Do You Hear What I Hear?
God’s way of leading is not “one size fits all.”
Life is a series of choices. Some we make almost unconsciously, such as: What kind of cereal should I have for breakfast? or Which tie should I wear to the office?
Others require more serious reflection: Whom should I marry? What courses should I study at the university?
Of course, behind all our decisions—major or minor—is the reality of God’s call. Indeed, our English word “vocation” has at its root vox, the Latin word for voice—implying that when we decide how we’re going to live, we’re responding on some level to God’s voice.
It’s fascinating to look back and see how God has led. When we started our ministry, my wife and I weren’t consulted when we were given our first several pastoral assignments. Leaders at the conference office just sent us a letter. “Dear Brother Chavez, the Conference Committee has voted to assign you to the ____________ District.”
I can honestly say that not one of those places was on our radar screen. Indeed, more than once I wondered: Why is God sending us there? But I can also say without equivocation that God knew exactly what He was doing (thanks, Conference Committee). The years we spent in those districts were absolutely essential in my growth as a pastor (and editor), and to our development as a family. If I could do it over, the only thing I’d change is how long it took me to learn the lessons God was trying to teach me.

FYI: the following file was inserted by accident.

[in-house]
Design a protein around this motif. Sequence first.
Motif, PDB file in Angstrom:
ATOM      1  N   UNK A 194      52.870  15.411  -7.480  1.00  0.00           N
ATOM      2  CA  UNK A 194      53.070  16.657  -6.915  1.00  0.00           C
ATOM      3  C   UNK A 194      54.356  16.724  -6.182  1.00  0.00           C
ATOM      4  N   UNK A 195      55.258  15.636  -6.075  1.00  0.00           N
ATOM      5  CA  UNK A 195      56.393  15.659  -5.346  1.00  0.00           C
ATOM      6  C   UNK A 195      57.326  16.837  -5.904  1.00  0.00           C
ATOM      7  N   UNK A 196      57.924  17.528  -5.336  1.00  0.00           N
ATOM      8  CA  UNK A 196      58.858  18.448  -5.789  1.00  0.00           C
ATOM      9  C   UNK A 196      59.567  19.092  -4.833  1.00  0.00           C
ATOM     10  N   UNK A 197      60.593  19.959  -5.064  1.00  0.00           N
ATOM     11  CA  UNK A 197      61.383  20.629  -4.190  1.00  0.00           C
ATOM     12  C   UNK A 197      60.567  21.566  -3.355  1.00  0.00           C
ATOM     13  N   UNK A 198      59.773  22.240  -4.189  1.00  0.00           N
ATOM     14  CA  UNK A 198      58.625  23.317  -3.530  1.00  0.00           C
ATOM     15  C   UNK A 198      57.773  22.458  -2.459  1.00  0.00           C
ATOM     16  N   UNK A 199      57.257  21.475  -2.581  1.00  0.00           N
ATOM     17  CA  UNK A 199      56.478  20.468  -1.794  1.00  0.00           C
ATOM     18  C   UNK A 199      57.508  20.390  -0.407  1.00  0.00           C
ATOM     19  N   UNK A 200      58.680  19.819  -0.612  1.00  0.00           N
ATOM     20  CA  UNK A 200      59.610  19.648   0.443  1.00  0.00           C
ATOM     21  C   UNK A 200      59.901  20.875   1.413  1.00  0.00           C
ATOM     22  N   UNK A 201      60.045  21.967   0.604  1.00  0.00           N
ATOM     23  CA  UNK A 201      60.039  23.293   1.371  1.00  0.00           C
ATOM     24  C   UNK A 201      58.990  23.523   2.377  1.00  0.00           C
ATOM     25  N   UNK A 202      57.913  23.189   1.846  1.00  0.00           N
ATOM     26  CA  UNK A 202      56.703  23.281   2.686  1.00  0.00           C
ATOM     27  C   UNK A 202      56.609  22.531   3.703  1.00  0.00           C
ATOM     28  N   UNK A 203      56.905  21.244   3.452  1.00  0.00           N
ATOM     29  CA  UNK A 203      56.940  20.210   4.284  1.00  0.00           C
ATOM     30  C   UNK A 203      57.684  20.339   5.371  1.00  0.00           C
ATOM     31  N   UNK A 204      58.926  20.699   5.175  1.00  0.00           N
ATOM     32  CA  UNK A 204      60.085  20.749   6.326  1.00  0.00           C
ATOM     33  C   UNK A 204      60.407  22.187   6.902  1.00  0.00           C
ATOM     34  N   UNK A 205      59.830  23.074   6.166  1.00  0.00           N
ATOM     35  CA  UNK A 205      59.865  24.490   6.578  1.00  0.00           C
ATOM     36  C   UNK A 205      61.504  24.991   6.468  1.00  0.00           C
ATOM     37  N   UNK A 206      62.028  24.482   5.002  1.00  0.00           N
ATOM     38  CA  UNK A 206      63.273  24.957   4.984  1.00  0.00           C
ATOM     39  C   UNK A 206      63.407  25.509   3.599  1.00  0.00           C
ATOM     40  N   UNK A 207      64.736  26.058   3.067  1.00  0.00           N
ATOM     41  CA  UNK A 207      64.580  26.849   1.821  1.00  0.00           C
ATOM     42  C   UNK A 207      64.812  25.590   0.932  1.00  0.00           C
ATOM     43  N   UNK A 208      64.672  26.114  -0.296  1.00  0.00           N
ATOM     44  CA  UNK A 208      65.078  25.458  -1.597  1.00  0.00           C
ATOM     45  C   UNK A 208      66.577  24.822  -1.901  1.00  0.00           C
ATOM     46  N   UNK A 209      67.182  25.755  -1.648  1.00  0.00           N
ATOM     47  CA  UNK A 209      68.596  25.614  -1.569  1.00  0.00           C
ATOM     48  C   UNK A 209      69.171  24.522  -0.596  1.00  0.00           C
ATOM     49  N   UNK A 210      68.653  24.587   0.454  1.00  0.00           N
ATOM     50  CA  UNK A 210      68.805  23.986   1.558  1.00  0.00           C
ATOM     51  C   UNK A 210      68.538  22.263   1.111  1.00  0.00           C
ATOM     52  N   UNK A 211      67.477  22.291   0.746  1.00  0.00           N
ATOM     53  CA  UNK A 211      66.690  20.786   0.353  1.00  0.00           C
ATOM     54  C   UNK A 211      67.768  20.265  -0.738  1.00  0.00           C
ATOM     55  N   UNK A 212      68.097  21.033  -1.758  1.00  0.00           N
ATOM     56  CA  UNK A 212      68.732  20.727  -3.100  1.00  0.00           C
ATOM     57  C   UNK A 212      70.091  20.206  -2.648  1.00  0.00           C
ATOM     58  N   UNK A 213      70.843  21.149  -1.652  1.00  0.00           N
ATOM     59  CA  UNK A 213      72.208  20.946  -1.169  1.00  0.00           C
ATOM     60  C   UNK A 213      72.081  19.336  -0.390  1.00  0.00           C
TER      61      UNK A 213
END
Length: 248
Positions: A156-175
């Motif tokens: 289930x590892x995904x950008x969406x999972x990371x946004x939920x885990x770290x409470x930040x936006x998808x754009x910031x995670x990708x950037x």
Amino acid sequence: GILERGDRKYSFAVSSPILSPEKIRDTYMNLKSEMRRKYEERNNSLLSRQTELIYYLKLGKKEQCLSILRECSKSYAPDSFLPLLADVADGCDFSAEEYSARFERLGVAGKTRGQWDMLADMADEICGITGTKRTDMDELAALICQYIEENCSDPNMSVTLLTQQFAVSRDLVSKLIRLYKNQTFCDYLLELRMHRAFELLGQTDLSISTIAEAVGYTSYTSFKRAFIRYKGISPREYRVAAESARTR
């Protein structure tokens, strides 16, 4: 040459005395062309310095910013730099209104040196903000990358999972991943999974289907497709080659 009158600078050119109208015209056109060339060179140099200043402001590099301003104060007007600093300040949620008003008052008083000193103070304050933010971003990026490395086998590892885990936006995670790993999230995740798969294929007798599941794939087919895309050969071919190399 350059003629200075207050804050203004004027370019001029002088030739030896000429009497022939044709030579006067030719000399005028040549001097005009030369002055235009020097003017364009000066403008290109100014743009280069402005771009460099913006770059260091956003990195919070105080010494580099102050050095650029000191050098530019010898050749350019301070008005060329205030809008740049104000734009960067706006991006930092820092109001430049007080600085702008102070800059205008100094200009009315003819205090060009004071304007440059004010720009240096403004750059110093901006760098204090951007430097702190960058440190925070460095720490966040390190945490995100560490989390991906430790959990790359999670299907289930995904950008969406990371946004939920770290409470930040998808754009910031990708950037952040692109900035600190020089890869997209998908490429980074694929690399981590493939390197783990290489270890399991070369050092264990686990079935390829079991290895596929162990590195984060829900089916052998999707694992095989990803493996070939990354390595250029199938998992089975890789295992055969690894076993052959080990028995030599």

In the several decades since the Conference Committee told me where I would be sent to build up God’s kingdom, hearing God’s voice for myself has become increasingly valuable. Often people who think they know me tell me what I ought to do, when and where. And I’m happy to consider their counsel.
But more important—much more important—is how I understand God’s leading in my daily life. Most of us have already decided on a vocation, where we’re going to live, and with whom we intend to spend the rest of our lives. But here’s the real challenge: How will we respond to the challenge of extending God’s kingdom where we already live and work?
Let no one say, “Because I don’t live in the city, I can’t build up God’s kingdom.” Or “If I only lived in the country, my efforts for God’s kingdom would be much more effective.” I’ve learned over many years that God uses people who are available, those who hear His voice and recognize opportunities every day to extend His kingdom.
With life happening so quickly all around us, we often have to decide on the fly just how we’re going to respond to this or that situation in a way that honors Christ and builds up His kingdom. That’s why it’s essential to know God’s voice and recognize it above the cacophony of contemporary life. God’s promise is: “Whether you turn to the right or to the left, your ears will hear a voice behind you, saying, ‘This is the way; walk in it’ ” (Isa. 30:21).
Stephen Chavez is an assistant editor of Adventist Review.